The present invention is directed to an apparatus for forming an electromagnetic field in a processing chamber. The apparatus includes a first pair of electrodes for generating a first electromagnetic field within the processing chamber and a second pair of electrodes for generating a second electromagnetic field within the processing chamber. The first and second pairs of electrodes are oriented so that the first and second electromagnetic fields are generally perpendicular to each other.
The present invention also includes a system for processing semiconductor wafers. The system includes a processing chamber, a first pair of electrodes, a second pair of electrodes, a power supply, a wafer holder, a sealable door, and an apparatus for introducing a gas into the processing chamber. The power supply is connected to the first and second pairs of electrodes. The first pair of electrodes generates a first electromagnetic field and the second pair of electrodes generates a second electromagnetic field. The first and second electrodes are oriented so that the first and second electromagnetic fields are generally perpendicular to each other.
Furthermore, the present invention includes a method for generating an electromagnetic field having a lissajous pattern, including the steps of generating a first electromagnetic field and generating a second electromagnetic field that is generally perpendicular to the first electromagnetic field to form a combined electromagnetic field having a lissajous pattern.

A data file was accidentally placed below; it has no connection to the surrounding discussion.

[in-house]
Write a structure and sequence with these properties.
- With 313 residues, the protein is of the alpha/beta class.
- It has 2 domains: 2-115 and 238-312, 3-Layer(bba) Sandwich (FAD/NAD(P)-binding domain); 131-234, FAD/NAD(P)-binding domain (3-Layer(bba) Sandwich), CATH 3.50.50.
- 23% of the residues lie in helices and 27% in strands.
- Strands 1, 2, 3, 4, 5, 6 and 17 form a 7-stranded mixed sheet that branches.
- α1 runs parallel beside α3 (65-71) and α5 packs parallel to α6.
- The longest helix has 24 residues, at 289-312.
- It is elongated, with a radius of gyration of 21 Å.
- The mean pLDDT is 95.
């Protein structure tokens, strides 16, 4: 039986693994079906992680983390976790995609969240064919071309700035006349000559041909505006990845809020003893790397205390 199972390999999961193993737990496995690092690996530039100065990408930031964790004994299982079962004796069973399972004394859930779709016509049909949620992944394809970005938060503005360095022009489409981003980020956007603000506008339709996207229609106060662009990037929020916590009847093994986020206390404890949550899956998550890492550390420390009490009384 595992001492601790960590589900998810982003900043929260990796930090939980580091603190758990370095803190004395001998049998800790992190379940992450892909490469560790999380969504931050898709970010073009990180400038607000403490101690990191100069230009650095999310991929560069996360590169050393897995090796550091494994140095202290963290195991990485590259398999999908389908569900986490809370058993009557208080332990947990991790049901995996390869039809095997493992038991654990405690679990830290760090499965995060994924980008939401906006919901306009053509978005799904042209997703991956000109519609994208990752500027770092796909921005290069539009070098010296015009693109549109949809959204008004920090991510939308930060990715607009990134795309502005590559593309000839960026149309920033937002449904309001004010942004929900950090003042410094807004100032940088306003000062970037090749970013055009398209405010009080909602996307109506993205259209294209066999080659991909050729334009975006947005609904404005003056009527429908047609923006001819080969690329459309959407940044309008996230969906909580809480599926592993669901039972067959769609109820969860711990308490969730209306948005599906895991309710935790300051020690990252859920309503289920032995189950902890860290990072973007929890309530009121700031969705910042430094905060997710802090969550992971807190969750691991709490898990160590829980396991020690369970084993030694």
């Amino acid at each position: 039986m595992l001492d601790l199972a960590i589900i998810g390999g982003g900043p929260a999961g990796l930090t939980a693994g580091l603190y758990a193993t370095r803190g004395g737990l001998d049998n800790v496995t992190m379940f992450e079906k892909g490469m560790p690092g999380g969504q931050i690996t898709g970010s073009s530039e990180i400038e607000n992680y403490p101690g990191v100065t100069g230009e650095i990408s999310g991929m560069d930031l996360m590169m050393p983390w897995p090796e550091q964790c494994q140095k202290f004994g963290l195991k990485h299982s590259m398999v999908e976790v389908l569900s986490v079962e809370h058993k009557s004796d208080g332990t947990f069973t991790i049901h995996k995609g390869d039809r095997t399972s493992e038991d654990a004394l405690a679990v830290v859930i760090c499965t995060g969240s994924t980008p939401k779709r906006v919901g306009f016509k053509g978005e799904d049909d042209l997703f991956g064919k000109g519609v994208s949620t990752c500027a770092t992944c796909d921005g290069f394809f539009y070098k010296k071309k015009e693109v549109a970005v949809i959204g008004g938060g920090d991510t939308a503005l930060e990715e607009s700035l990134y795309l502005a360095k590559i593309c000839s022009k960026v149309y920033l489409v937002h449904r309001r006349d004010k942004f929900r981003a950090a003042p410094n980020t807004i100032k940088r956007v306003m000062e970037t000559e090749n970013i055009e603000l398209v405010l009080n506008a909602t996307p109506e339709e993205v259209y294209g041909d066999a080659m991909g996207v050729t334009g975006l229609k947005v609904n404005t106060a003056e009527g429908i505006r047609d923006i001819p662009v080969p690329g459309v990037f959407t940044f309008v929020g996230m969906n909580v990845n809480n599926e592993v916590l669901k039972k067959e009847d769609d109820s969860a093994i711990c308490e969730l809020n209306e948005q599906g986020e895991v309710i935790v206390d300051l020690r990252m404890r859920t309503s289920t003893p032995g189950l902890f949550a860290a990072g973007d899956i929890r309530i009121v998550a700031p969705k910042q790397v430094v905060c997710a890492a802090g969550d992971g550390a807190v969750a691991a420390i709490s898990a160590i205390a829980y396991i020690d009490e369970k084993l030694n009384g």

The present invention solves problems inherent in the prior art by providing a simple design that generates a uniform and dense electromagnetic field, resulting in a uniform and dense plasma suitable for use with large semiconductor wafers. Those and other advantages and benefits of the present invention will become apparent from the description of the preferred embodiments hereinbelow.
For the present invention to be clearly understood and readily practiced, the present invention will be described in conjunction with the following figures, wherein:
FIG. 1 is an elevational view of a plasma enhanced processing chamber constructed in accordance with the present invention;
FIG. 2 is a cross-sectional view along line II--II of the processing chamber illustrated in FIG. 1;
FIG. 3 is a cross-sectional view of a processing chamber illustrating an alternative embodiment of the present invention;
FIG. 4 is a schematic diagram illustrating a plasma enhanced processing system constructed in accordance with the present invention;
FIG. 5 is an elevational view of a preferred embodiment of the present invention including a sputter target;
FIG. 6 is a schematic diagram illustrating an alternative embodiment of a plasma enhanced processing system constructed in accordance with the present invention; and
FIG. 7 is an elevational view of an alternative embodiment of the present invention including a gas nozzle.
It is to be understood that the figures and descriptions of the present invention have been simplified to illustrate elements that are relevant for a clear understanding of the present invention, while eliminating, for purposes of clarity, many other elements found in a typical plasma enhanced processing chamber and in a plasma enhanced processing system. Those of ordinary skill in the art will recognize that other elements are desirable and/or required to implement the present invention. However, because such elements are well known in the art, and because they do not facilitate a better understanding of the present invention, a discussion of such elements is not provided herein.